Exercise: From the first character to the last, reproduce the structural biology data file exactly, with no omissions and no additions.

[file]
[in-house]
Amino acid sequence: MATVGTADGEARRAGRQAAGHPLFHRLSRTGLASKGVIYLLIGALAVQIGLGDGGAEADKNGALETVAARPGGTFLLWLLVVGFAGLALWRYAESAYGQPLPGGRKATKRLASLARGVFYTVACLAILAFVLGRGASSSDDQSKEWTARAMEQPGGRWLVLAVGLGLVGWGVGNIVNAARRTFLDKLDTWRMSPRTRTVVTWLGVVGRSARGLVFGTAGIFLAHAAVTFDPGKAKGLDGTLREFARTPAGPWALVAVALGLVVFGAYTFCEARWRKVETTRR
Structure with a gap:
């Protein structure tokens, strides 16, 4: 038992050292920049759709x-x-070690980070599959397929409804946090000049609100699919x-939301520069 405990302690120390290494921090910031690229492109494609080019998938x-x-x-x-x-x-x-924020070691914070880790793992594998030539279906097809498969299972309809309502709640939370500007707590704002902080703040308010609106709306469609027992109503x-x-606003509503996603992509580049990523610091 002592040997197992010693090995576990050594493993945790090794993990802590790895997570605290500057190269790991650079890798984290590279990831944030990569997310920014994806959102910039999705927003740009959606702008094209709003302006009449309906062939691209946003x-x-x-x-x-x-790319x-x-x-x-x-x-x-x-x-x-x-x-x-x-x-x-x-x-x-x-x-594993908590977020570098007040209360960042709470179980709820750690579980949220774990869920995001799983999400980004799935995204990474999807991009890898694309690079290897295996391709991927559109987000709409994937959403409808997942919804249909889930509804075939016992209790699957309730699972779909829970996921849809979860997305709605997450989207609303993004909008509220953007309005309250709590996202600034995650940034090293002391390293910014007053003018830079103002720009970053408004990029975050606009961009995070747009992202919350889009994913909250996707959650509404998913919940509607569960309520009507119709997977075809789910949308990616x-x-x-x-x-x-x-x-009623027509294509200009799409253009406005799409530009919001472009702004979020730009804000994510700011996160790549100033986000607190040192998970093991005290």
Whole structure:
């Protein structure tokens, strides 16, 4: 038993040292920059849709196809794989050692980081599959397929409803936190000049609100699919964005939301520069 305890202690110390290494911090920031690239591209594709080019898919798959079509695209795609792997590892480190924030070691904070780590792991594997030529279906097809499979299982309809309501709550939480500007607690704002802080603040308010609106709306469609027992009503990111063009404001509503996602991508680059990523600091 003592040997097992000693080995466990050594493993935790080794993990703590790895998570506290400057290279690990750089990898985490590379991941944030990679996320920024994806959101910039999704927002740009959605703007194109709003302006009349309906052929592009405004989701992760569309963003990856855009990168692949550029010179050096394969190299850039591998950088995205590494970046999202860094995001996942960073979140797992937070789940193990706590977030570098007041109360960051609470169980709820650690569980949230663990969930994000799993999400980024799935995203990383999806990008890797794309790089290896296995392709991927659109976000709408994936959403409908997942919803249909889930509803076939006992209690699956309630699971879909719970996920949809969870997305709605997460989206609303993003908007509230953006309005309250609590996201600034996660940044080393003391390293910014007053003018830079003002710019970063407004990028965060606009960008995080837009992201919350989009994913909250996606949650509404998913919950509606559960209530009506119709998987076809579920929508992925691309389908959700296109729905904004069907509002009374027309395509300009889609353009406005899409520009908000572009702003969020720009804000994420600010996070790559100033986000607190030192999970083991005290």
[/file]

[in-house]
Amino acid sequence: MATVGTADGEARRAGRQAAGHPLFHRLSRTGLASKGVIYLLIGALAVQIGLGDGGAEADKNGALETVAARPGGTFLLWLLVVGFAGLALWRYAESAYGQPLPGGRKATKRLASLARGVFYTVACLAILAFVLGRGASSSDDQSKEWTARAMEQPGGRWLVLAVGLGLVGWGVGNIVNAARRTFLDKLDTWRMSPRTRTVVTWLGVVGRSARGLVFGTAGIFLAHAAVTFDPGKAKGLDGTLREFARTPAGPWALVAVALGLVVFGAYTFCEARWRKVETTRR
Structure with a gap:
């Protein structure tokens, strides 16, 4: 038992050292920049759709x-x-070690980070599959397929409804946090000049609100699919x-939301520069 405990302690120390290494921090910031690229492109494609080019998938x-x-x-x-x-x-x-924020070691914070880790793992594998030539279906097809498969299972309809309502709640939370500007707590704002902080703040308010609106709306469609027992109503x-x-606003509503996603992509580049990523610091 002592040997197992010693090995576990050594493993945790090794993990802590790895997570605290500057190269790991650079890798984290590279990831944030990569997310920014994806959102910039999705927003740009959606702008094209709003302006009449309906062939691209946003x-x-x-x-x-x-790319x-x-x-x-x-x-x-x-x-x-x-x-x-x-x-x-x-x-x-x-x-594993908590977020570098007040209360960042709470179980709820750690579980949220774990869920995001799983999400980004799935995204990474999807991009890898694309690079290897295996391709991927559109987000709409994937959403409808997942919804249909889930509804075939016992209790699957309730699972779909829970996921849809979860997305709605997450989207609303993004909008509220953007309005309250709590996202600034995650940034090293002391390293910014007053003018830079103002720009970053408004990029975050606009961009995070747009992202919350889009994913909250996707959650509404998913919940509607569960309520009507119709997977075809789910949308990616x-x-x-x-x-x-x-x-009623027509294509200009799409253009406005799409530009919001472009702004979020730009804000994510700011996160790549100033986000607190040192998970093991005290």
Whole structure:
């Protein structure tokens, strides 16, 4: 038993040292920059849709196809794989050692980081599959397929409803936190000049609100699919964005939301520069 305890202690110390290494911090920031690239591209594709080019898919798959079509695209795609792997590892480190924030070691904070780590792991594997030529279906097809499979299982309809309501709550939480500007607690704002802080603040308010609106709306469609027992009503990111063009404001509503996602991508680059990523600091 003592040997097992000693080995466990050594493993935790080794993990703590790895998570506290400057290279690990750089990898985490590379991941944030990679996320920024994806959101910039999704927002740009959605703007194109709003302006009349309906052929592009405004989701992760569309963003990856855009990168692949550029010179050096394969190299850039591998950088995205590494970046999202860094995001996942960073979140797992937070789940193990706590977030570098007041109360960051609470169980709820650690569980949230663990969930994000799993999400980024799935995203990383999806990008890797794309790089290896296995392709991927659109976000709408994936959403409908997942919803249909889930509803076939006992209690699956309630699971879909719970996920949809969870997305709605997460989206609303993003908007509230953006309005309250609590996201600034996660940044080393003391390293910014007053003018830079003002710019970063407004990028965060606009960008995080837009992201919350989009994913909250996606949650509404998913919950509606559960209530009506119709998987076809579920929508992925691309389908959700296109729905904004069907509002009374027309395509300009889609353009406005899409520009908000572009702003969020720009804000994420600010996070790559100033986000607190030192999970083991005290």